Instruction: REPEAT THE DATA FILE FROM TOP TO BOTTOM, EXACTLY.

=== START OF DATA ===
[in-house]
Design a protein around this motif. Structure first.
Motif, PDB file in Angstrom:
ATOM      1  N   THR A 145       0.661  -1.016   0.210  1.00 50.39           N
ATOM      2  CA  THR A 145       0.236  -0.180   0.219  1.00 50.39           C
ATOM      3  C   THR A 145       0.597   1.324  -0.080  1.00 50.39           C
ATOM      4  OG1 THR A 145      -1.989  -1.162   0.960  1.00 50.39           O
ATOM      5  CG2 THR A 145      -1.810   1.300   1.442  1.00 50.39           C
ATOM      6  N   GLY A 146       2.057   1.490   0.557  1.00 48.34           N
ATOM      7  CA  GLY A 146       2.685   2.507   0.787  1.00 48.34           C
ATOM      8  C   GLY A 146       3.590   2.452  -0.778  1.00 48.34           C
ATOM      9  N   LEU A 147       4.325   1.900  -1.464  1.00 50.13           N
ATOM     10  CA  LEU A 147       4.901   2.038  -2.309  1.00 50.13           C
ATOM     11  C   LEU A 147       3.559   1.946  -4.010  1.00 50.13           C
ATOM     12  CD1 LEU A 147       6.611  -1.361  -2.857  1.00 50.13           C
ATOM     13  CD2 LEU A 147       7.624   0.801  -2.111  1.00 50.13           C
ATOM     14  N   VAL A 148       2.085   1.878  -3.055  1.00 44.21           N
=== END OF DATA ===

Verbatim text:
[in-house]
Design a protein around this motif. Structure first.
Motif, PDB file in Angstrom:
ATOM      1  N   THR A 145       0.661  -1.016   0.210  1.00 50.39           N
ATOM      2  CA  THR A 145       0.236  -0.180   0.219  1.00 50.39           C
ATOM      3  C   THR A 145       0.597   1.324  -0.080  1.00 50.39           C
ATOM      4  OG1 THR A 145      -1.989  -1.162   0.960  1.00 50.39           O
ATOM      5  CG2 THR A 145      -1.810   1.300   1.442  1.00 50.39           C
ATOM      6  N   GLY A 146       2.057   1.490   0.557  1.00 48.34           N
ATOM      7  CA  GLY A 146       2.685   2.507   0.787  1.00 48.34           C
ATOM      8  C   GLY A 146       3.590   2.452  -0.778  1.00 48.34           C
ATOM      9  N   LEU A 147       4.325   1.900  -1.464  1.00 50.13           N
ATOM     10  CA  LEU A 147       4.901   2.038  -2.309  1.00 50.13           C
ATOM     11  C   LEU A 147       3.559   1.946  -4.010  1.00 50.13           C
ATOM     12  CD1 LEU A 147       6.611  -1.361  -2.857  1.00 50.13           C
ATOM     13  CD2 LEU A 147       7.624   0.801  -2.111  1.00 50.13           C
ATOM     14  N   VAL A 148       2.085   1.878  -3.055  1.00 44.21           N